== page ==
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Danone thinks it can make a plant-based milk that’s indistinguishable from dairy

It’s all about the flavor curve and the mouth feel.

Danone thinks it can make a plant-based milk that’s indistinguishable from dairy
[Photo: Danone]
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Plant-based milk is now fully mainstream: In 2020, sales of the category grew twice as fast as cow’s milk in the U.S. Oat milk sales more than tripled, to $274 million, and almond milk topped $1.6 billion. Still, many consumers still haven’t made the switch from traditional milk. Danone, one of the world’s largest dairy brands, wants to convince the holdouts to give plant-based alternatives a try, and has spent more than a year developing new plant-based milk designed to be as indistinguishable as possible from the real thing.

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“There’s been a group of consumers who remain skeptical about plant-based offerings, largely because of their taste and texture,” says John Starkey, president of plant-based food and beverages for Danone North America. “From our research, we saw that there were about 53% of people who say that wouldn’t purchase plant-based beverages because of their taste.”

[Photo: Danone]
In early 2022, the company plans to launch Silk nextmilk, with similar nutrients and taste as standard dairy, and So Delicious Wondermilk, which was designed both for drinking and to work well in cooking food like macaroni and cheese. The Wondermilk line will also include pints of ice cream-like desserts. Both are made from a mixture of oat, soy, and coconut milk.

The company, which has owned the Silk soy milk brand since 2016, when it acquired White Wave Foods, used its experience with both dairy and plant-based dairy to refine the new products. “The first step was to learn about and deconstruct the classic dairy drinking experience, particularly the key nutritional factors of dairy, the molecular composition of dairy, but also the very iconic sensory elements,” says Takoua Debeche, chief research and innovation officer at Danone North America.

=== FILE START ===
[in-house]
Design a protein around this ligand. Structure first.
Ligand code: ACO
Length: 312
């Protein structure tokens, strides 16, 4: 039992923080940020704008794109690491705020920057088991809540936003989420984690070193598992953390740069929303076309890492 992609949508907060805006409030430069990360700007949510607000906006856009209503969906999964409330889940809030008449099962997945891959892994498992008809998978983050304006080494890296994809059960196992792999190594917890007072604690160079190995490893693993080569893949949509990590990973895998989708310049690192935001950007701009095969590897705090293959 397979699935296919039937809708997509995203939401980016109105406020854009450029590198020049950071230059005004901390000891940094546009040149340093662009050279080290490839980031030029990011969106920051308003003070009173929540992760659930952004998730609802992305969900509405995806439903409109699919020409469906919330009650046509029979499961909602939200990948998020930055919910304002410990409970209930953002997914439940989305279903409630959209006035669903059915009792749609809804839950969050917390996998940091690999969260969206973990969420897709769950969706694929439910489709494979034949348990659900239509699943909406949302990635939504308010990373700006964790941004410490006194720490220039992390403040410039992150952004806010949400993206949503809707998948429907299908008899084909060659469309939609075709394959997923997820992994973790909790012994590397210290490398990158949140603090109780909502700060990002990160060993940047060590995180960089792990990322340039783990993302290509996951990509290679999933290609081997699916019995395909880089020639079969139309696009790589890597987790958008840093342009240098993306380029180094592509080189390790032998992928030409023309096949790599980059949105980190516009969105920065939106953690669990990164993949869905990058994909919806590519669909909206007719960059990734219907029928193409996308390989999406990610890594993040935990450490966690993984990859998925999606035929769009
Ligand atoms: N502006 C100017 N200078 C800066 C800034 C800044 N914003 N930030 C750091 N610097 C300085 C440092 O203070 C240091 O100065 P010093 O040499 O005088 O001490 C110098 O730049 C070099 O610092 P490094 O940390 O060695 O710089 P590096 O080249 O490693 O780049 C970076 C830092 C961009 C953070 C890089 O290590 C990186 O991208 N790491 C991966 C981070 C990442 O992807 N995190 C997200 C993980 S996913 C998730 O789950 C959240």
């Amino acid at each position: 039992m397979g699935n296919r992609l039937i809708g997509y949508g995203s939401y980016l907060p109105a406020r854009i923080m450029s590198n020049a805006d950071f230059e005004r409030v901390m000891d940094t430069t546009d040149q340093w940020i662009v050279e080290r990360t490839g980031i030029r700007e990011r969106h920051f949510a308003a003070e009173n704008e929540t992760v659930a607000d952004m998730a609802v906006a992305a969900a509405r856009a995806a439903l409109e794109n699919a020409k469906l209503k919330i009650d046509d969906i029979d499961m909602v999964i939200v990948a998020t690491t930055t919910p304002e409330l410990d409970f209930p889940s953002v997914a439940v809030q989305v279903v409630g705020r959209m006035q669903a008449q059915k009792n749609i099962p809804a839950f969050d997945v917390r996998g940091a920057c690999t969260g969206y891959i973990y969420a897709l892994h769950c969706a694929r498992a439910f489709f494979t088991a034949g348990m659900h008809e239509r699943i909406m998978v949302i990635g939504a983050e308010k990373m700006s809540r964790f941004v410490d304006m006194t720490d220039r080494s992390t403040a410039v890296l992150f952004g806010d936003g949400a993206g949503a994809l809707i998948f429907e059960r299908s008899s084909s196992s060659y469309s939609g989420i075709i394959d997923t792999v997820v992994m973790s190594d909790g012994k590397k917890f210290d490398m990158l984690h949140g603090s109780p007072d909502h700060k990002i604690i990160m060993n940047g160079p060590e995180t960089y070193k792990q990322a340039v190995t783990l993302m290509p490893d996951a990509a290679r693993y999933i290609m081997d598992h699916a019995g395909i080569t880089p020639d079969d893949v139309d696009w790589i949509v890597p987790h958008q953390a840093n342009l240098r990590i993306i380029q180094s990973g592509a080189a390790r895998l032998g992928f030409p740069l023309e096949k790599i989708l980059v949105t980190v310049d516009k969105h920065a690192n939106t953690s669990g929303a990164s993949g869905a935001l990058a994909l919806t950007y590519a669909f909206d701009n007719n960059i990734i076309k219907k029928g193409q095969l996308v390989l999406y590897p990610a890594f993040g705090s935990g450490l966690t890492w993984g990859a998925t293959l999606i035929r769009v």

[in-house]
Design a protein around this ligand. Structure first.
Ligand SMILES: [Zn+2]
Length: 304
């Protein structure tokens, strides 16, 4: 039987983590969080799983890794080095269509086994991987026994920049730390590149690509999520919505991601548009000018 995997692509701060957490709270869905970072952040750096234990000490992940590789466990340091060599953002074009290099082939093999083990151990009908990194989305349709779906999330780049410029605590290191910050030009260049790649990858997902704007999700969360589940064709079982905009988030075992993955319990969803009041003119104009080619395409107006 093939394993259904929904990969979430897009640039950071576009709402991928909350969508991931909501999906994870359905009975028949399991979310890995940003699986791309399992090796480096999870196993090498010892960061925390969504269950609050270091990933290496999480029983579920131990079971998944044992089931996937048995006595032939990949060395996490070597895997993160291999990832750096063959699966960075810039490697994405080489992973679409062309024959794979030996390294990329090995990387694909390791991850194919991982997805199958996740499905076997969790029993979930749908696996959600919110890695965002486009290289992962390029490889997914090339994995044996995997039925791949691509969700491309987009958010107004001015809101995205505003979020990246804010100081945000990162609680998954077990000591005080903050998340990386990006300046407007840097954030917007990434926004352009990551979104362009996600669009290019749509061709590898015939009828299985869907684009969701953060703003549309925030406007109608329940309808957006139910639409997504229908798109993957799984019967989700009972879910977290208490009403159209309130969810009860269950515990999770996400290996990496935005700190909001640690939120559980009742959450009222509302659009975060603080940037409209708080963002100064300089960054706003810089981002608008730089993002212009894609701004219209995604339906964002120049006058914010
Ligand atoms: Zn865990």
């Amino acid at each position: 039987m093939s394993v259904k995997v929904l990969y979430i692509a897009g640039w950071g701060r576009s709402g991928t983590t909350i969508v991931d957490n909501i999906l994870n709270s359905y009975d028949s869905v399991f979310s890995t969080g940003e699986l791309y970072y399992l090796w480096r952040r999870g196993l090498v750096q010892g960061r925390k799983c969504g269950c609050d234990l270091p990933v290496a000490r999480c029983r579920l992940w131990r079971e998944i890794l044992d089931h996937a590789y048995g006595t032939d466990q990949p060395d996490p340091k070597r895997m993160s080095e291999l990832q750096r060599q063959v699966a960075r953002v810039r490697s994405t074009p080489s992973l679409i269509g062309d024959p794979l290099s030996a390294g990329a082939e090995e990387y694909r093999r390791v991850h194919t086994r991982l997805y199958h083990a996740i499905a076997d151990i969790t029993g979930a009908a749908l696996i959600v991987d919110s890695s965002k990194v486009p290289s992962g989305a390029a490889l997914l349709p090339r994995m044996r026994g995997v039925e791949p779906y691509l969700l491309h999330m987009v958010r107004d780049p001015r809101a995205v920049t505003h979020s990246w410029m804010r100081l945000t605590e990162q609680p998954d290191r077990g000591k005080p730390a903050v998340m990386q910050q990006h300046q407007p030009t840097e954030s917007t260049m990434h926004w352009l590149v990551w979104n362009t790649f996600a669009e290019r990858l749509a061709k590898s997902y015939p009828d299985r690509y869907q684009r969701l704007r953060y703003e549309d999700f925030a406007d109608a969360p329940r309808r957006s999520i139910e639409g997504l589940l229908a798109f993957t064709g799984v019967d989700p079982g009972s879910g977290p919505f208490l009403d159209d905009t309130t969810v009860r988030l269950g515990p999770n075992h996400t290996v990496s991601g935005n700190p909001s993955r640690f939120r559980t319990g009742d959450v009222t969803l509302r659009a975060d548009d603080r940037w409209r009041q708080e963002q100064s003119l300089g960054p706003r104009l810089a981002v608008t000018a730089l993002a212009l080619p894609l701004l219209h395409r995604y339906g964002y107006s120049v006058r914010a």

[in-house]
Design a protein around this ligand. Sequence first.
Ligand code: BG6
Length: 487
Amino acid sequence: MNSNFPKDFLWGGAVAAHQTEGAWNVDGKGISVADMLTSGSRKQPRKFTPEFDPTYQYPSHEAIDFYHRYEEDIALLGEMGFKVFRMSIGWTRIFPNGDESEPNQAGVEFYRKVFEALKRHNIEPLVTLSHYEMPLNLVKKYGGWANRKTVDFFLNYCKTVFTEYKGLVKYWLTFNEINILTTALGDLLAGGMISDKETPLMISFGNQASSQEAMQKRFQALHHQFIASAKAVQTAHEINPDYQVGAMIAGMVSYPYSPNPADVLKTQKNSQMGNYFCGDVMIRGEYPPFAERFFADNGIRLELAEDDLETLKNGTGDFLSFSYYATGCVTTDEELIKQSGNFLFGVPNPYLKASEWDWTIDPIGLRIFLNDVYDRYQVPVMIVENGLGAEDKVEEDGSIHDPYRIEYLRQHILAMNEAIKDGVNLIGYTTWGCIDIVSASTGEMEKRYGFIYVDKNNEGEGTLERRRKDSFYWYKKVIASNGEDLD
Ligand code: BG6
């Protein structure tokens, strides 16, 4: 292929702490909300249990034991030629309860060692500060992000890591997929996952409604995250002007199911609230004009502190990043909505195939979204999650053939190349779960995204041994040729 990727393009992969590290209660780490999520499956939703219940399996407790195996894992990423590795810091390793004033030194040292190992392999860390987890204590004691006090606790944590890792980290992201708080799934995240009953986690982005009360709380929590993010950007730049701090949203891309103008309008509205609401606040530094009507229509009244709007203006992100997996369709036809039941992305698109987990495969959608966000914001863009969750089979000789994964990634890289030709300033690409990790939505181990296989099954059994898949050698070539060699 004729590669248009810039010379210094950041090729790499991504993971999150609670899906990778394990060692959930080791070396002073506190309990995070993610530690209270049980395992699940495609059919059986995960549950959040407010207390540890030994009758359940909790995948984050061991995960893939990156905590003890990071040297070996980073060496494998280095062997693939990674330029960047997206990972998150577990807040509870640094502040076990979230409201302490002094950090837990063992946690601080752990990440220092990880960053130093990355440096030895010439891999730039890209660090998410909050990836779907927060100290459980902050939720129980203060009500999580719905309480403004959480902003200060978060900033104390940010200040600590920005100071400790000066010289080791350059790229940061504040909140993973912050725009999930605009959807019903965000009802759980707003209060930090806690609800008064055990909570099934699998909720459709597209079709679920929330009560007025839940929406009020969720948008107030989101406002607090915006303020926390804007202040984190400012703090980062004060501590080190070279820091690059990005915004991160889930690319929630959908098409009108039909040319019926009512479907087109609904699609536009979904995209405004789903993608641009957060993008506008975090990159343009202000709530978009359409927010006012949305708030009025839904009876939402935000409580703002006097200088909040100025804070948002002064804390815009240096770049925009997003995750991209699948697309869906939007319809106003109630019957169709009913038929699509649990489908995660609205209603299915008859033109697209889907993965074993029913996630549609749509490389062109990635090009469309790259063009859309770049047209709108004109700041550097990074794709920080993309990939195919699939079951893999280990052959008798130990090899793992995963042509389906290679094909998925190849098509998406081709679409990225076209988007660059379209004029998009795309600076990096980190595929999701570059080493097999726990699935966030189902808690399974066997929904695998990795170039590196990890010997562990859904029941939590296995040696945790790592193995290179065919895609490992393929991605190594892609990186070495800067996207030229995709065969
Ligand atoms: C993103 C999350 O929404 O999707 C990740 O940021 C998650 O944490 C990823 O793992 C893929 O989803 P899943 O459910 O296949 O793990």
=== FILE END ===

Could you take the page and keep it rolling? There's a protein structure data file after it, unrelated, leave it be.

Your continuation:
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The team tasted and rejected hundreds of plant-based ingredients. A neuroscientist on staff who studies the emotional connection to food gave input on what consumers would want from the product. “We really had to get rid of all the plant-like notes so people could fully access the memory of milk,” Debeche says. The flavor was challenging to replicate—Debeche explains that it’s a complex mix of sweetness, creaminess, and less appealing attributes like sourness, bitterness, and a hint of sulfur. Like other foods, milk has a “flavor curve” that develops over time in the mouth, and the team also had to try to replicate how the flavor changes over seconds.

[Photo: Danone]

It was also important to get the texture right. “The texture and the mouthfeel is actually driven by the milkfat particle size,” Debeche says. “Dairy milk has a very specific fat melting curve, and that fat melting curve is a result of the unique saturated fats found in dairy milk.” In the new products, she says, the team found a combination of fats, including coconut, that “closely mirrors the melting profile of dairy fat so it coats your mouth in a similar way.”

Some startups, like Perfect Day, are using precision fermentation to recreate components of dairy—that is, using microbes that are genetically programmed to produce whey and casein, key dairy proteins. Because the proteins are identical to what’s found in cow’s milk, the resulting products also taste astonishingly similar to traditional dairy. Danone says, though, that the technology isn’t ready for it to use at the large scale it requires, either in terms of the ingredients available or the cost; the company also plans to study the environmental impact of using that technology versus purely plant-based ingredients.

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When I tried a sample of Danone’s new products, I thought the flavor was slightly different than regular dairy. But the creaminess and mouthfeel were right. It’s the closest plant-based imitation I’ve tasted so far. And the company is betting that it will convert more consumers. “This is a huge opportunity to close that gap between traditional dairy and plant-based beverage household penetration,” says Starkey.

About the author

Adele Peters is a staff writer at Fast Company who focuses on solutions to some of the world's largest problems, from climate change to homelessness. Previously, she worked with GOOD, BioLite, and the Sustainable Products and Solutions program at UC Berkeley, and contributed to the second edition of the bestselling book "Worldchanging: A User's Guide for the 21st Century."

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